After an aneurysmal subarachnoid hemorrhage, nearly half of the patients die and the half who survive suffer from irreversible cerebral damage. With increasing use of noninvasive neuroimaging techniques (for example, magnetic resonance and computerized tomography angiography), more unruptured cerebral aneurysms are found. To understand the prevalence of unruptured aneurysms in the general population, along with the risks of aneurysm formation, data on growth and rupture rates are crucial. The risk of rupture in aneurysms smaller than 10 mm is still not quite clear without a population-based prospective study. Nevertheless, a 0.5 to 2% annual risk may be a reasonable estimate. Growing aneurysms and those larger than 10 mm carry a higher rate of rupture. The management of an unruptured intracranial aneurysm should be based on a thorough understanding of the natural history of these lesions and careful evaluation of the morbidity and mortality levels associated with each treatment option.
Peng Roc Chen, Kai Frerichs and Robert Spetzler
John Mealey Jr., Tsu T. Chen and Robert Shupe
✓Individual and combined effects of ionizing radiation and chemotherapy with 1,3-Bis(2-chloroethyl)-1-nitrosourea (BCNU) on glial tumor cells were assessed in cultures derived from human glioblastomas. Drug and radiation exposures were performed on cell monolayers in 0.02 ml wells of microtest plates. Response to treatment was determined from serial observations on surviving populations in the original wells and comparisons with matched control cultures. Chemosensitivity was more variable than radiosensitivity in cell lines derived from five different glioblastomas: BCNU caused growth inhibition of 4% to 85% in doses of 8 µg/ml for 3 days compared to a 40% to 73% reduction after 400 rads of radiation. These findings were all significant statistically. Single doses above 600 to 800 rads appeared lethal, causing widespread loss of cells or transformation into giant forms that did not multiply. The doseresponse curves after BCNU and radiation treatment of cultured glial tumor cells were exponential, demonstrating that both modalities affected a constant fraction of the exposed cell populations according to dose. The observations on radiosensitivity of human glial tumor cells conformed to the generally known responses of cultured normal and neoplastic mammalian cells to ionizing radiation. BCNU in the higher doses tested acted as a possible radiosensitizing agent to potentiate the lethal effects of radiation since an increased rate of cell loss was demonstrated in glioma cultures exposed to this drug and radiation compared to those treated only by irradiation. These results in a controlled experimental environment support the concept that a combination of BCNU and radiation therapy should increase the time of survival of patients with malignant gliomas.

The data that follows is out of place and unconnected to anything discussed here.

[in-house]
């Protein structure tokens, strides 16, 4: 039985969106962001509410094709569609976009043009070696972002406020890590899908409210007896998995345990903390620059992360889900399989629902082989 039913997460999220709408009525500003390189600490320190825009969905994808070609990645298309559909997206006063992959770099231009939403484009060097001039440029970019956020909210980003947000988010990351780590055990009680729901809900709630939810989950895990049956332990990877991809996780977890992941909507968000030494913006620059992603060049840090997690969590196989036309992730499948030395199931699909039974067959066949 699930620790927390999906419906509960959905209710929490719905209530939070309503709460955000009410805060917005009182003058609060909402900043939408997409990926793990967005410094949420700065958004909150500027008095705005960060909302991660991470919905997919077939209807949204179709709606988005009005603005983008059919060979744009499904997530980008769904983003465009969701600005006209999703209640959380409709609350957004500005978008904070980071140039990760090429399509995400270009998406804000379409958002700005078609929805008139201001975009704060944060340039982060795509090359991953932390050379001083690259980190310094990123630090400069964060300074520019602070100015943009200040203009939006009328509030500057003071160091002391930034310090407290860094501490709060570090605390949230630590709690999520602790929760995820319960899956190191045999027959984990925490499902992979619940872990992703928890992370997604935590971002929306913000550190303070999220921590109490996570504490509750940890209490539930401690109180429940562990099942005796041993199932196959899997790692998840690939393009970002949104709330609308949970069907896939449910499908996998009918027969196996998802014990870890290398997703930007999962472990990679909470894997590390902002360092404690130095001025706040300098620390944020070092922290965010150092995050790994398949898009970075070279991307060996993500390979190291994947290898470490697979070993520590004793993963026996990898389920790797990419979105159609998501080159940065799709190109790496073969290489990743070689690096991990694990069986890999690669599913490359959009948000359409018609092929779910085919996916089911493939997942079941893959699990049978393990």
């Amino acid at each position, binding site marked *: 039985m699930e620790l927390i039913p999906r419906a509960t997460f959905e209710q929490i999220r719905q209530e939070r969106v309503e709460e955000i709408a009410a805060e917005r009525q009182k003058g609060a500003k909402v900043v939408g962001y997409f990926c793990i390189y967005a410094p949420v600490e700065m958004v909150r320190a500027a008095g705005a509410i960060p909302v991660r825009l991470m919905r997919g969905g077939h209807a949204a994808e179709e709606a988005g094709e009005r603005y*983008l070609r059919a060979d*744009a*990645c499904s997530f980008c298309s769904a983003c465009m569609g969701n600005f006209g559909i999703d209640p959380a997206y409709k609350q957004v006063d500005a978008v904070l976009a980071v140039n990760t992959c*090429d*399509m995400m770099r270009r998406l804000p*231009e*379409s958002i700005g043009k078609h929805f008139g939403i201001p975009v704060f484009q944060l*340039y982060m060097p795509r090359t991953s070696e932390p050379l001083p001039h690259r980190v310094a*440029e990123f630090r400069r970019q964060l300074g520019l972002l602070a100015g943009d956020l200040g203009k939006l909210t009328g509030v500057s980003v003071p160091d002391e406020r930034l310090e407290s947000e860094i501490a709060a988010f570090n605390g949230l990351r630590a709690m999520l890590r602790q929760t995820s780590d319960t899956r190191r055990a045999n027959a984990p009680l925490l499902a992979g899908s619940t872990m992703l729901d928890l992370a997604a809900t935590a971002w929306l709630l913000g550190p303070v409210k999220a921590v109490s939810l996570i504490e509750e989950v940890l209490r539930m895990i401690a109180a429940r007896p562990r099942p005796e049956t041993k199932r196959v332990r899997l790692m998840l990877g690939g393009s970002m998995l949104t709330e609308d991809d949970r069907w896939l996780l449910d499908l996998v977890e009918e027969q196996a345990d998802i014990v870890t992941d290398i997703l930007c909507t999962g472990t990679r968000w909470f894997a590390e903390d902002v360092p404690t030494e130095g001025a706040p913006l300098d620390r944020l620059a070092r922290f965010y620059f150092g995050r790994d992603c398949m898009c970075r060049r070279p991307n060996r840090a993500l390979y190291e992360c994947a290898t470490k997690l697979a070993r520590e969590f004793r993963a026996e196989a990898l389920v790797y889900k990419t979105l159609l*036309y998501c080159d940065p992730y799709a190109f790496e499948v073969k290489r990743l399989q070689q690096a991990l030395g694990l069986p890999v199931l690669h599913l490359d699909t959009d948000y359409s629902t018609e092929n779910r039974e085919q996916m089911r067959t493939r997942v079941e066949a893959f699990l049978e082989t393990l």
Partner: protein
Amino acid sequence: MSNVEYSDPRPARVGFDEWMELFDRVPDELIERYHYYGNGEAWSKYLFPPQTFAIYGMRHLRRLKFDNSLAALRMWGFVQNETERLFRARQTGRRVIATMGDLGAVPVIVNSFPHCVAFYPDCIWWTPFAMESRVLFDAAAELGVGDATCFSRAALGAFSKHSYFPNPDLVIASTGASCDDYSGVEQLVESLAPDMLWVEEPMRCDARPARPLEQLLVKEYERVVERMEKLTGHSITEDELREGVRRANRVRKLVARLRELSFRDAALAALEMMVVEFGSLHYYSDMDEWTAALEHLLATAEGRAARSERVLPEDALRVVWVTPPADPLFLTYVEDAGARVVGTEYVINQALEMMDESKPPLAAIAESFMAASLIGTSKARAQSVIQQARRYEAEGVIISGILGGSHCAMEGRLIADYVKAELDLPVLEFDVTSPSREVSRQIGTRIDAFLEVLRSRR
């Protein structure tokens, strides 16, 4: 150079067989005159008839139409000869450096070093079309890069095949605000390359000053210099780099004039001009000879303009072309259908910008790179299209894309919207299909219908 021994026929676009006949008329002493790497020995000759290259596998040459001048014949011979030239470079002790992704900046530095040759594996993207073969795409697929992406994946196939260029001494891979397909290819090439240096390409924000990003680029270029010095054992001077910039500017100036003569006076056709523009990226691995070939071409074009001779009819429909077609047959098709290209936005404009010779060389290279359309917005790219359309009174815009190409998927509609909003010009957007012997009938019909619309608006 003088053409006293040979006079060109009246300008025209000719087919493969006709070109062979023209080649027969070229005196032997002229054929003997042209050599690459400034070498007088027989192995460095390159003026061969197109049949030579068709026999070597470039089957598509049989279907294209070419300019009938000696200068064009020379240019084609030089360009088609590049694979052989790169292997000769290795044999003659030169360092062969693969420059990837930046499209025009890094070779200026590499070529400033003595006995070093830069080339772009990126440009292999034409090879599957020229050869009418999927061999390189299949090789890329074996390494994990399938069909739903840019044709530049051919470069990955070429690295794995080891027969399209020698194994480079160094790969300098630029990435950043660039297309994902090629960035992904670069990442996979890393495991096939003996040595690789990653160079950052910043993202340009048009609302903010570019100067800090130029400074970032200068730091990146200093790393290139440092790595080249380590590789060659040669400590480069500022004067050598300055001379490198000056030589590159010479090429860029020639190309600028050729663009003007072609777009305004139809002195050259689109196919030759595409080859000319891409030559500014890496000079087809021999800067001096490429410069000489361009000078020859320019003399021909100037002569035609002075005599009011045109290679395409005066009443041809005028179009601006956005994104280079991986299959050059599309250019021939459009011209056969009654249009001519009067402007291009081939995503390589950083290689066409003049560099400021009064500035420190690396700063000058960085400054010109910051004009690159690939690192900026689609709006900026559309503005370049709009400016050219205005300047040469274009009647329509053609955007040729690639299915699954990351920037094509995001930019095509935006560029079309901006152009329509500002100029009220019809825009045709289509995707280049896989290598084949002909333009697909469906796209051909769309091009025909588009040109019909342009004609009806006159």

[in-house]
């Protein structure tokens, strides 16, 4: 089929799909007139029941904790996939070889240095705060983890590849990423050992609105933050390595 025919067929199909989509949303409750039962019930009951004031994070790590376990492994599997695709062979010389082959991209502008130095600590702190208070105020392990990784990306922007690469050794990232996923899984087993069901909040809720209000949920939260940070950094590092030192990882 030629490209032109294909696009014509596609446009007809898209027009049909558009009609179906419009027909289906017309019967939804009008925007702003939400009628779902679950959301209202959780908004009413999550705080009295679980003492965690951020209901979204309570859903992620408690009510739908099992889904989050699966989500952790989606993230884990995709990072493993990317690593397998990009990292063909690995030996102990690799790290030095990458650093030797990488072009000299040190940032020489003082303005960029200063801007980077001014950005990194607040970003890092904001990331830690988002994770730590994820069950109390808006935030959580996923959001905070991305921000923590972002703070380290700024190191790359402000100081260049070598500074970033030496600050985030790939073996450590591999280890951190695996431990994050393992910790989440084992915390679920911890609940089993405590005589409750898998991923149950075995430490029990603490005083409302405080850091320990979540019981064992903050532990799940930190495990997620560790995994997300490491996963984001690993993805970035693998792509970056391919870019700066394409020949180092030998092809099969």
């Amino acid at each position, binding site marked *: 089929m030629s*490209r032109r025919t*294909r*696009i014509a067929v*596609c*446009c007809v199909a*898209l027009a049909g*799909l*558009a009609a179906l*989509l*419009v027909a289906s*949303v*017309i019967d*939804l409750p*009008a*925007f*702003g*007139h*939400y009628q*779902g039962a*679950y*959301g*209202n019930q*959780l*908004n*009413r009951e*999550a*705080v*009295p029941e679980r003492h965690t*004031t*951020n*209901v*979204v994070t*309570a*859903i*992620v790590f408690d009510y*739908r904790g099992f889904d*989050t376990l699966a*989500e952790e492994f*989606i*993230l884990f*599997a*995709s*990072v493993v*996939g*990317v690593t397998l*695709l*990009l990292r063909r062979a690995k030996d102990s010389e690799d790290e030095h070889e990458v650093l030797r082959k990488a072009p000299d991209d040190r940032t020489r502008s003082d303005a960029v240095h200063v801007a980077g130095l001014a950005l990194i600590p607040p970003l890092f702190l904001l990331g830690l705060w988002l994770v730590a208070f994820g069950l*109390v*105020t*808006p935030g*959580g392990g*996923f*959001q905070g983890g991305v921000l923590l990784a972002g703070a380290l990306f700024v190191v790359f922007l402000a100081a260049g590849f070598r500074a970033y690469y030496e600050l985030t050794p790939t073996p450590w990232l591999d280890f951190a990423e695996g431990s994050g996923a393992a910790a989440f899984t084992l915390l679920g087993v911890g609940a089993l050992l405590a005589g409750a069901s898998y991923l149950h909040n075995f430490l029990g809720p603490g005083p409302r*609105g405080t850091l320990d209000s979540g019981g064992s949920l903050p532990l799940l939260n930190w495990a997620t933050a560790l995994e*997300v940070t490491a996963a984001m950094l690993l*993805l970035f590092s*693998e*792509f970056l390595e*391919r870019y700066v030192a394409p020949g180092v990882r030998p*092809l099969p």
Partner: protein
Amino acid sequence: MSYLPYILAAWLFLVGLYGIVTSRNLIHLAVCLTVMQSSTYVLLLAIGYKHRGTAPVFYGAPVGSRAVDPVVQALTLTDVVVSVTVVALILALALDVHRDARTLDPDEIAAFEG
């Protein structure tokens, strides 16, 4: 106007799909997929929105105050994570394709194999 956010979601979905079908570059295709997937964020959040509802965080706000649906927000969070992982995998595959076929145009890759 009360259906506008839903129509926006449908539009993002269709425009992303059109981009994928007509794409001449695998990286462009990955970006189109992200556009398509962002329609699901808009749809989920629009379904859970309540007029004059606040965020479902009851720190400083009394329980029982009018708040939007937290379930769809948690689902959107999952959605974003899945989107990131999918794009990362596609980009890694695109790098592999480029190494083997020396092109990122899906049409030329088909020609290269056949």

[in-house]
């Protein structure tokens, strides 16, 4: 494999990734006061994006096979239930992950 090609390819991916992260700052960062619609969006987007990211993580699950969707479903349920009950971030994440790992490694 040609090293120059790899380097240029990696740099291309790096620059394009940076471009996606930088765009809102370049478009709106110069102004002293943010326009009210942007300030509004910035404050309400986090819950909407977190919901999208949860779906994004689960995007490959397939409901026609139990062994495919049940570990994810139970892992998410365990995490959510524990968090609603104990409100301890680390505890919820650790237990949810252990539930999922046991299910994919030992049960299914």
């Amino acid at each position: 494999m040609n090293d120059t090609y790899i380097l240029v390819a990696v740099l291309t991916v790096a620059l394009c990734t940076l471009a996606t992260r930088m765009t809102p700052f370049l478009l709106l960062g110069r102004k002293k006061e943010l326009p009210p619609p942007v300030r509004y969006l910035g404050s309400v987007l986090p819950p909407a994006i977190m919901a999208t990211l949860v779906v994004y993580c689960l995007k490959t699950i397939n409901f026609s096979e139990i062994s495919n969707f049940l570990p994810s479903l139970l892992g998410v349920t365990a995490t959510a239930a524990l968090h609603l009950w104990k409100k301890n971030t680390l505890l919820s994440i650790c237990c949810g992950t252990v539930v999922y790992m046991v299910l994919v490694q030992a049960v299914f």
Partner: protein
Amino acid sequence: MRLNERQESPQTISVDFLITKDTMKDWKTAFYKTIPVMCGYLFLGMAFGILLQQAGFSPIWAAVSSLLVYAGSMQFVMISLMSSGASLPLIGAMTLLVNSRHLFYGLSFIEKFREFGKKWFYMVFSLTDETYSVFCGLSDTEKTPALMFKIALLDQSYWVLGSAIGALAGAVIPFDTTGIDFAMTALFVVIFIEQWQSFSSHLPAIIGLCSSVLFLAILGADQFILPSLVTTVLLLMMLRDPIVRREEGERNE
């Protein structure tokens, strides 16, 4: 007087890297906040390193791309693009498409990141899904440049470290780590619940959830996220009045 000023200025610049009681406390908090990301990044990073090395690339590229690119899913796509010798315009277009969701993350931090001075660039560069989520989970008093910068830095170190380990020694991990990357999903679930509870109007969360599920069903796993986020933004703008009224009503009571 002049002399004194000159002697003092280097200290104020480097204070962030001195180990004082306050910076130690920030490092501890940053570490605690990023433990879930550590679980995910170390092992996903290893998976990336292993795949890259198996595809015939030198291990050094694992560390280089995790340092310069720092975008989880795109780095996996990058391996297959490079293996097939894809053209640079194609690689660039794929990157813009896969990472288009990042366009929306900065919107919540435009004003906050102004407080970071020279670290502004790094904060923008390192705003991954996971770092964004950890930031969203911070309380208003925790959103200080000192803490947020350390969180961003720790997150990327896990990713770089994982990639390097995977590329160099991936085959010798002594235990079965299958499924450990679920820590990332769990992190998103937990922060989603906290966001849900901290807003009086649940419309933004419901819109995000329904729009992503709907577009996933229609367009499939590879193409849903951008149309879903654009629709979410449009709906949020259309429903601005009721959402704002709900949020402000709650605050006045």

Peng Roc Chen, Kai Frerichs and Robert Spetzler
A patient with an unruptured intracranial aneurysm has three options: surgical clip placement, endovascular coil occlusion, and observation. The decision making about management of these lesions should be based on the risk of aneurysm rupture and the risks associated with surgical or endovascular intervention. For patients who require interventions, factors such as aneurysm recurrence rate, its location, surgical or endovascular accessibility, the patient's general medical condition, and the individual's treatment preference should be taken into account to determine the choice of therapies. Currently, a team approach by neurosurgeons and endovascular interventionists is recommended to evaluate each patient and to tailor the best treatment plan.
Matthew Burry, Adam S. Reig, Elizabeth A. Beierle, Mike K. Chen and Robert A. Mericle
✓ The authors describe a novel approach to the management of high-output heart failure secondary to an intracranial high-flow dural arteriovenous fistula (DAVF) by using extracorporeal membrane oxygenation (ECMO). To the best of the authors' knowledge, this represents the first report of an embolization performed in conjunction with the use of an ECMO circuit and the first report in which an ECMO cannula was used for intraarterial access for cerebral angiography.
A 2-day-old girl presented with severe, high-output heart failure secondary to a high-flow intracranial DAVF. The patient was neurologically intact and no brain parenchymal abnormalities were revealed on computerized tomography scanning of the head, but she suffered severe heart failure, pulmonary hypertension, and liver and renal dysfunction. The patient underwent three endovascular embolization procedures involving coils and liquid embolic agents. Despite a decrease in the DAVF flow, the patient had only transient improvement in her pulmonary hypertension, and venoarterial ECMO therapy was instituted. Another embolization was performed while the patient was receiving ECMO therapy. Her cardiovascular status improved, she was weaned from ECMO, and she was eventually discharged home to her family.